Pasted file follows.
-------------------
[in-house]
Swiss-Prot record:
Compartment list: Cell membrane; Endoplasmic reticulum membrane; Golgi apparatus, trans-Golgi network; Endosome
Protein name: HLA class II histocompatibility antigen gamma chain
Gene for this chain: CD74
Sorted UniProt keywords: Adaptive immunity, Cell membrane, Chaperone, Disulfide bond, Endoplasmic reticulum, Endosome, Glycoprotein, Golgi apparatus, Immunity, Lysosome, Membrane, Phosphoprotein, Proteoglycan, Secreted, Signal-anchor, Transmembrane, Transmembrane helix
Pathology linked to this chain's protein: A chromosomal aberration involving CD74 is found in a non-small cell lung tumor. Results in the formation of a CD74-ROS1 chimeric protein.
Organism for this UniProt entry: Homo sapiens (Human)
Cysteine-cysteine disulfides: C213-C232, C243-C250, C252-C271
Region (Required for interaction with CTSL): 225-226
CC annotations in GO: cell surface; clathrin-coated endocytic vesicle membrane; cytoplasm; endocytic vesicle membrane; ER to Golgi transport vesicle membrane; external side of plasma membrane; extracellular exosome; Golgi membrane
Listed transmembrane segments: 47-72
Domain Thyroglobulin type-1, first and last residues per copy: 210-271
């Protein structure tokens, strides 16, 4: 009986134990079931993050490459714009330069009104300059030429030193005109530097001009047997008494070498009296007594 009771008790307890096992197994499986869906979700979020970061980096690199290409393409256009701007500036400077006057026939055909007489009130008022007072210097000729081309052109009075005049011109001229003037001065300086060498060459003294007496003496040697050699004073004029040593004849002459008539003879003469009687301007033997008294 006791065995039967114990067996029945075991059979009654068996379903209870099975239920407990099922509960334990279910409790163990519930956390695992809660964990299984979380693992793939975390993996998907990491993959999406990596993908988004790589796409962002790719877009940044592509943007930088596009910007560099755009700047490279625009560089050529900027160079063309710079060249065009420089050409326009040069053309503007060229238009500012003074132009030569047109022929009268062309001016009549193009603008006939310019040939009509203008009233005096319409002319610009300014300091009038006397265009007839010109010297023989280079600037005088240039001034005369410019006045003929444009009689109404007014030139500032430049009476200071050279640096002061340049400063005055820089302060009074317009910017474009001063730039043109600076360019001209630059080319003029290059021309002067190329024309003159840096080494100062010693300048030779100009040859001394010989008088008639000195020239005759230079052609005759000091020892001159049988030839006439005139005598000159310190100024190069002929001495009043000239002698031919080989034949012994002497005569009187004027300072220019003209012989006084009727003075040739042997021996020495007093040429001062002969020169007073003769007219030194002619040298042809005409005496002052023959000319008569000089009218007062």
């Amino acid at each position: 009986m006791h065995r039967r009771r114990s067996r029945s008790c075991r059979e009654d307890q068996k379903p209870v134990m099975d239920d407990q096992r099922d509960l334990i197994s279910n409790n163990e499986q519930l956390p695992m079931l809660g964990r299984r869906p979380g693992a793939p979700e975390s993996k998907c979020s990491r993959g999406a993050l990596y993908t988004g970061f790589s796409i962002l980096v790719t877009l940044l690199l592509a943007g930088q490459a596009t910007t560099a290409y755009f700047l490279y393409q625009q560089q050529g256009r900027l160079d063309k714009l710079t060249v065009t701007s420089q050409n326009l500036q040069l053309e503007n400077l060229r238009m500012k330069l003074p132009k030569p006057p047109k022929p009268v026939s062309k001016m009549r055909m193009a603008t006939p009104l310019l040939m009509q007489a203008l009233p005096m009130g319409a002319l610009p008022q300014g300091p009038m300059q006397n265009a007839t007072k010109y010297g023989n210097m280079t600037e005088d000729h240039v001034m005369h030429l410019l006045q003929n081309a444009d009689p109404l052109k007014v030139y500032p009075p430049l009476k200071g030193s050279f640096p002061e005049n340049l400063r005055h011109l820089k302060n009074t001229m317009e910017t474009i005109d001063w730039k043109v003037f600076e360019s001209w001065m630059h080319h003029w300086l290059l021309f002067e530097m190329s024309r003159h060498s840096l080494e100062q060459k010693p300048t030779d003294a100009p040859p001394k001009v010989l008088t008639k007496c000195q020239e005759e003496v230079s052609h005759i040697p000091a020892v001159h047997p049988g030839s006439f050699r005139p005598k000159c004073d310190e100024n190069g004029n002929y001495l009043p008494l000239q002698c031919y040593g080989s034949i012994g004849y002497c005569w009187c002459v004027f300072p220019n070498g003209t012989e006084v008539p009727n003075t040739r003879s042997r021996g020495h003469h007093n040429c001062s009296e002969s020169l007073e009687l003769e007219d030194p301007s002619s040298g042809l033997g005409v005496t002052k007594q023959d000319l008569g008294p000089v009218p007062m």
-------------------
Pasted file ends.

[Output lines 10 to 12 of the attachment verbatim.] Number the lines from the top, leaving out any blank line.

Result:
Region (Required for interaction with CTSL): 225-226
CC annotations in GO: cell surface; clathrin-coated endocytic vesicle membrane; cytoplasm; endocytic vesicle membrane; ER to Golgi transport vesicle membrane; external side of plasma membrane; extracellular exosome; Golgi membrane
Listed transmembrane segments: 47-72